What do mathematicians do in their spare time?
Why, work out the optimum pattern for lacing up shoes. “The knotty problem of choosing the optimum way of lacing up shoes has been solved by a new mathematical proof. The criss-cross and straight patterns are strongest, but the bow-tie pattern is the most efficient The criss-cross and straight patterns are strongest, but the bow-tie pattern is the most efficient
There are many millions of different possibilities but, reassuringly, the proof shows that centuries of human trial and error has already selected out the strongest lacing patterns. However, the pattern using the least amount of lace possible, the decorative “bowtie” lacing, is usually only seen in shoe shop displays.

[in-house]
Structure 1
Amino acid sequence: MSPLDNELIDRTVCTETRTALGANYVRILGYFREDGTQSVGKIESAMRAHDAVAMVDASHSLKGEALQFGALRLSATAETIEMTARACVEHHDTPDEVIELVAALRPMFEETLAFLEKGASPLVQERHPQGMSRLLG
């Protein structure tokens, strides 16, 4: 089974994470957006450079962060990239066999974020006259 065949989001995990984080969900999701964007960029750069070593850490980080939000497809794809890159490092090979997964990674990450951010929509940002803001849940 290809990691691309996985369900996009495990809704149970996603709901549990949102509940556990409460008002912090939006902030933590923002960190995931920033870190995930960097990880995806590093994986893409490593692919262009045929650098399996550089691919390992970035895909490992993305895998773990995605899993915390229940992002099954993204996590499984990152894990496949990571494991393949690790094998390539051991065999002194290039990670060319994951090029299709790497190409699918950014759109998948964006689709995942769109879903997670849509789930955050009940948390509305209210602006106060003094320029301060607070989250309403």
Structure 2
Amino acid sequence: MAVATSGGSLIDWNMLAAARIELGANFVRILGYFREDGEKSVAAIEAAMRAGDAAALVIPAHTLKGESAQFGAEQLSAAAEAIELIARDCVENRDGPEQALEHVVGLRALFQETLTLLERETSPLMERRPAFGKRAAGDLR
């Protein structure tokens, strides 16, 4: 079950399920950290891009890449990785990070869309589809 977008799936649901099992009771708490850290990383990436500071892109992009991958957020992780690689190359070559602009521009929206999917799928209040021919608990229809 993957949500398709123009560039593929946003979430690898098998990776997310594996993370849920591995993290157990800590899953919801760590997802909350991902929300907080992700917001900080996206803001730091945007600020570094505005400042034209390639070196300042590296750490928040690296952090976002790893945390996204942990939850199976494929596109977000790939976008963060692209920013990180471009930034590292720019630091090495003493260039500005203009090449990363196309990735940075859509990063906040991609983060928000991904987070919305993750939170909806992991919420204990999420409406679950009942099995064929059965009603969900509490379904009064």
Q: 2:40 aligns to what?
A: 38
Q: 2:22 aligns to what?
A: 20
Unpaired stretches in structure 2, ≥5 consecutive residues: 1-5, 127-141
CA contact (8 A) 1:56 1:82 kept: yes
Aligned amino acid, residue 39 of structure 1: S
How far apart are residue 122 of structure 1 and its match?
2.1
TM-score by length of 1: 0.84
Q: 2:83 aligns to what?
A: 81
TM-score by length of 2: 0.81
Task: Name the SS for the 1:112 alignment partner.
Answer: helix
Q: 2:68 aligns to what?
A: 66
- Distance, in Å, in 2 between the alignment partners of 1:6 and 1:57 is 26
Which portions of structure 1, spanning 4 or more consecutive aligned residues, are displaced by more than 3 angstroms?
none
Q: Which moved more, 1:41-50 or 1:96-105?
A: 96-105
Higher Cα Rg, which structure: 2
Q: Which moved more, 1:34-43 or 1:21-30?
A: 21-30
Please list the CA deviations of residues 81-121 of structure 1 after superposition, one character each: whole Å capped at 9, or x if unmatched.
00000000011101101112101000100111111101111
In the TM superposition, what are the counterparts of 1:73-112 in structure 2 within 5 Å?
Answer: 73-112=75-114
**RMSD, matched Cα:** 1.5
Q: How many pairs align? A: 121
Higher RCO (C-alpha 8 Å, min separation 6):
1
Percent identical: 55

Burkard Polster, of Monash University in Melbourne, Australia, used combinatorial mathematics to come up with his proof. This branch of maths is used to solve a huge variety of problems, including resource allocation and finding the best ways to lay chips in a computer.
Formulas describing the physics of pulleys were used to work out how much force is exerted on the sides of a shoe using different lacing techniques. The most widely used “criss-cross” and “straight” lacing patterns were identified as the strongest. ”